Recipes Main Courses Seafood Spiced Roasted Halibut with Fennel and Onion

Spiced Roasted Halibut with Fennel and Onion

Prep Time: 20 minutes
Cook Time: 35 minutes
Servings: 2

Alaskan halibut is sustainable and delicious. Here, a quick homemade spice blend seasons both the fish and the vegetables. Offer couscous, or basmati or jasmine rice, on the side. Chopped fresh cilantro makes a refreshing garnish.


  • 1 1/2 tsp. ground cumin
  • 1 1/2 tsp. chili powder
  • 1 tsp. ground cinnamon
  • 1/4 tsp. ground turmeric
  • 1 large fennel bulb, cut lengthwise into 1-inch (2.5-cm) wedges
  • 1 large red onion, halved lengthwise, then cut lengthwise
      through the root end into 1/2-inch (12-mm) wedges
  • 3 Tbs. olive oil, plus more as needed
  • Coarse kosher salt and freshly ground pepper, to taste
  • 2 halibut fillets, each about 6 oz. (185 g)
  • Chopped fresh cilantro for garnish


Preheat an oven to 450°F (230°C).

In a small bowl, stir together the cumin, chili powder, cinnamon and turmeric. In a 10-by-14-inch (25-by-35-cm) metal baking pan, combine the fennel and onion wedges. Add 2 Tbs. of the olive oil to the vegetables and toss to coat. Sprinkle with 1 Tbs. of the spice mixture and toss. Season with salt and pepper. Spread the vegetables in a single layer and roast, turning once, until tender and browned, about 35 minutes.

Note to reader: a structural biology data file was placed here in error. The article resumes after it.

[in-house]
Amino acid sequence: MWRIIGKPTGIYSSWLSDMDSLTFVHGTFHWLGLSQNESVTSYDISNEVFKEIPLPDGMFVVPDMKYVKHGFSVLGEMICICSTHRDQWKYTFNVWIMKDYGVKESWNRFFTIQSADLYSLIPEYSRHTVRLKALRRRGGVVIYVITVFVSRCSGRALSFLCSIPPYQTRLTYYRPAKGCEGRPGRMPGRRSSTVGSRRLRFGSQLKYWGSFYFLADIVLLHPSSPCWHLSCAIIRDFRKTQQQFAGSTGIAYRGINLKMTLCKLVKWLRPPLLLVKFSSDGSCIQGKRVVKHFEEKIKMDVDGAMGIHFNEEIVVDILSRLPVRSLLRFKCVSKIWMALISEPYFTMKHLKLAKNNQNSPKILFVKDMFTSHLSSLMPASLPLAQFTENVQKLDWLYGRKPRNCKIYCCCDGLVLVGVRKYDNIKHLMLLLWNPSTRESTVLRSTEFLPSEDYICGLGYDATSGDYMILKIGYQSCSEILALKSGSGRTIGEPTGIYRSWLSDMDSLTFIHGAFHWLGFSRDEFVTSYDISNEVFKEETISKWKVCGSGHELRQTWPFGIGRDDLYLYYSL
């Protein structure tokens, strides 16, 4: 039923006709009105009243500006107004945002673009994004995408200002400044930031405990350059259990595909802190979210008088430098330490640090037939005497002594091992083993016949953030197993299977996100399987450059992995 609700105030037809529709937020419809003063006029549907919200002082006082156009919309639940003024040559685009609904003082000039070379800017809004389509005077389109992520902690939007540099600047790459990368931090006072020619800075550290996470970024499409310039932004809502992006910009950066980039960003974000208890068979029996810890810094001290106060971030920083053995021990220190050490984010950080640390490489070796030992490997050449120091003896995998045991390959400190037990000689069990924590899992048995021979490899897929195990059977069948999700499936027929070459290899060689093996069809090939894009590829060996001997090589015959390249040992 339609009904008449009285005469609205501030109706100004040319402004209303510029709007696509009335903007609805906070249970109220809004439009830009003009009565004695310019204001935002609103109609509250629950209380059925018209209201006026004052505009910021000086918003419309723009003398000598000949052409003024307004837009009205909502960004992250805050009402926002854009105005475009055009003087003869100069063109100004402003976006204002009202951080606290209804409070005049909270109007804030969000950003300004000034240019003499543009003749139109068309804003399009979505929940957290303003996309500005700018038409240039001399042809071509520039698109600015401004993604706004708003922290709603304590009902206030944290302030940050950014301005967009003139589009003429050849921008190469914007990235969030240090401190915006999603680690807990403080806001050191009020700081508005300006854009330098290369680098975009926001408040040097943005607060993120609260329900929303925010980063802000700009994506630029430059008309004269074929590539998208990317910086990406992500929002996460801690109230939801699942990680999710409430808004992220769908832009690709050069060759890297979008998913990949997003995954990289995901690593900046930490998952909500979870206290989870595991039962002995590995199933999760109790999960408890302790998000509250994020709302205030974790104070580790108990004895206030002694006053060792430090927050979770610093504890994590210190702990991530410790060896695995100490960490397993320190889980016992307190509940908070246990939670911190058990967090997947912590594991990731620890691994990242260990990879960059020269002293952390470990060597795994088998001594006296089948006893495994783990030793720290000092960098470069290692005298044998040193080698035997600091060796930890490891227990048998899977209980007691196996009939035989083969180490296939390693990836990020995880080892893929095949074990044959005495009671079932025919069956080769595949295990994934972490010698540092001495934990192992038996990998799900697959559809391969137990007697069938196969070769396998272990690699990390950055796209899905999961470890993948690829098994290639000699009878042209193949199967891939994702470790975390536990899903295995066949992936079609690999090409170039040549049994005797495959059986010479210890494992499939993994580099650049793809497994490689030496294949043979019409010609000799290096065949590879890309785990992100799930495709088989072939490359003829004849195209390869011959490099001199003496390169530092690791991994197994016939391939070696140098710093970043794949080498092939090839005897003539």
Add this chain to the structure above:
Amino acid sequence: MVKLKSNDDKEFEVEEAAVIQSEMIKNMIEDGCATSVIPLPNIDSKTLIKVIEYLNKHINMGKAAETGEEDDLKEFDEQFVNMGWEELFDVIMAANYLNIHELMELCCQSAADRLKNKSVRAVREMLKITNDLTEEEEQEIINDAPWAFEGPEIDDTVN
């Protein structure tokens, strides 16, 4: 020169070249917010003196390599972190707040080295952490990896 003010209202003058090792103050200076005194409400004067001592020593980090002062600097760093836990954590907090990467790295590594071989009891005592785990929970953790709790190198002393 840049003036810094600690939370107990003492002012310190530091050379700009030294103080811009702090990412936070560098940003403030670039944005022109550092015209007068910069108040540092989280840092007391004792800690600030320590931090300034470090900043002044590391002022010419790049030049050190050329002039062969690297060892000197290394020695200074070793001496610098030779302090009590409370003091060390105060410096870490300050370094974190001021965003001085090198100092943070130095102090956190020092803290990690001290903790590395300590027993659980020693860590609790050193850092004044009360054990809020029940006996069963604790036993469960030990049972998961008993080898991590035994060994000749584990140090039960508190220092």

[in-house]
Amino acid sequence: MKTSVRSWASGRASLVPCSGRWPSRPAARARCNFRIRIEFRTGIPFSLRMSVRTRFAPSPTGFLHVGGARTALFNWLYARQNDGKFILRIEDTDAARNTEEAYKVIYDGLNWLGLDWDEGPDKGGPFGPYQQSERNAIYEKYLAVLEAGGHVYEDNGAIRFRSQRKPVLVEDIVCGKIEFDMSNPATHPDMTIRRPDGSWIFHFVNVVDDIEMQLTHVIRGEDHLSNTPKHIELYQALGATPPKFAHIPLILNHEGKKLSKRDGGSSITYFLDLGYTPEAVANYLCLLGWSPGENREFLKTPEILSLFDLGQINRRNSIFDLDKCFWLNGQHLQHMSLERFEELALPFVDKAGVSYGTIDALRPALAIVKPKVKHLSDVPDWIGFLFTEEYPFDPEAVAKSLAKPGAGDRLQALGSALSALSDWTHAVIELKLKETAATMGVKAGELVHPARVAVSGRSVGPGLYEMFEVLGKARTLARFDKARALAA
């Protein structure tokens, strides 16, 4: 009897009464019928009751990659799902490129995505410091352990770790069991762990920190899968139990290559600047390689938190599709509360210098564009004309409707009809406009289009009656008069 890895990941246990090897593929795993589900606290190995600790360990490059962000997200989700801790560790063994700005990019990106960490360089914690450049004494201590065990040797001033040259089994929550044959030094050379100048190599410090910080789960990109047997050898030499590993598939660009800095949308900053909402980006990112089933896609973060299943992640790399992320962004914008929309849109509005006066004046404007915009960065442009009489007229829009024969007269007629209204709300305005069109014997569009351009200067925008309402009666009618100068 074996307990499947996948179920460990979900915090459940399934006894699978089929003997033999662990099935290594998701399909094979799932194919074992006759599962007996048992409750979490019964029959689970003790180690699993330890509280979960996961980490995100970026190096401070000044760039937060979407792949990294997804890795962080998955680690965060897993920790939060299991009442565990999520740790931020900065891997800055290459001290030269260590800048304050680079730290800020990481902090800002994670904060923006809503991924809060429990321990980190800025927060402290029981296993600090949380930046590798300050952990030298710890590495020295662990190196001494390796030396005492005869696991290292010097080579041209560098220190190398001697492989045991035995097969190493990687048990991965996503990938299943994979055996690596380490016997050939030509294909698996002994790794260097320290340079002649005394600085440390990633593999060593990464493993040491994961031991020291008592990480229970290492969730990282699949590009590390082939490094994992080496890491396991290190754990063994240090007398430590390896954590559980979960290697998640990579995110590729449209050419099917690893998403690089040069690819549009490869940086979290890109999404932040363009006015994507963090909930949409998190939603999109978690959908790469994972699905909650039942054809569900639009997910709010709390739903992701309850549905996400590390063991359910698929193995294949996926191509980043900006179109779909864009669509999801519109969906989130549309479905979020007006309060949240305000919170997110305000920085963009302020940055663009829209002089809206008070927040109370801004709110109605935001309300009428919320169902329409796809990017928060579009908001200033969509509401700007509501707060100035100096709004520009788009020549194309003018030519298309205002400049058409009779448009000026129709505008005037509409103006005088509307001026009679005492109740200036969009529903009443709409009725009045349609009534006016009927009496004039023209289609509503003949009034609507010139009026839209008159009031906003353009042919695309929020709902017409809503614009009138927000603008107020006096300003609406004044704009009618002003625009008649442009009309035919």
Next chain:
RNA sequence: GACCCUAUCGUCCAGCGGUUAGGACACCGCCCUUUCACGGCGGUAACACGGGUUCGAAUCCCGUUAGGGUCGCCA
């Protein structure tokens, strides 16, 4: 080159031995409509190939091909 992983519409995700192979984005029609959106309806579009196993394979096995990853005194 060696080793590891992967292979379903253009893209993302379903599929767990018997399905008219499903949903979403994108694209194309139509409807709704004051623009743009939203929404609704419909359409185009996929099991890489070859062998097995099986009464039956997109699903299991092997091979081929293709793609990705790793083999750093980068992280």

Meanwhile, brush a small baking pan with olive oil. Brush the fish fillets on both sides with the remaining 1 Tbs. olive oil. Sprinkle lightly on both sides with the remaining spice mixture, salt and pepper. Roast until the fish is almost firm to the touch, 5 to 8 minutes, depending on the thickness of the fillets.

Transfer the fish and vegetables to warmed plates, garnish with cilantro and serve immediately. Serves 2.

Quick tips: Halibut dries out easily, so be careful to not overcook the fish; it is better to err on the rare side. Mix up an extra portion of the spice blend to use on roasted or grilled shrimp, chicken or salmon.

Adapted from Williams-Sonoma Weeknight Fresh & Fast, by Kristine Kidd (Williams-Sonoma, 2011).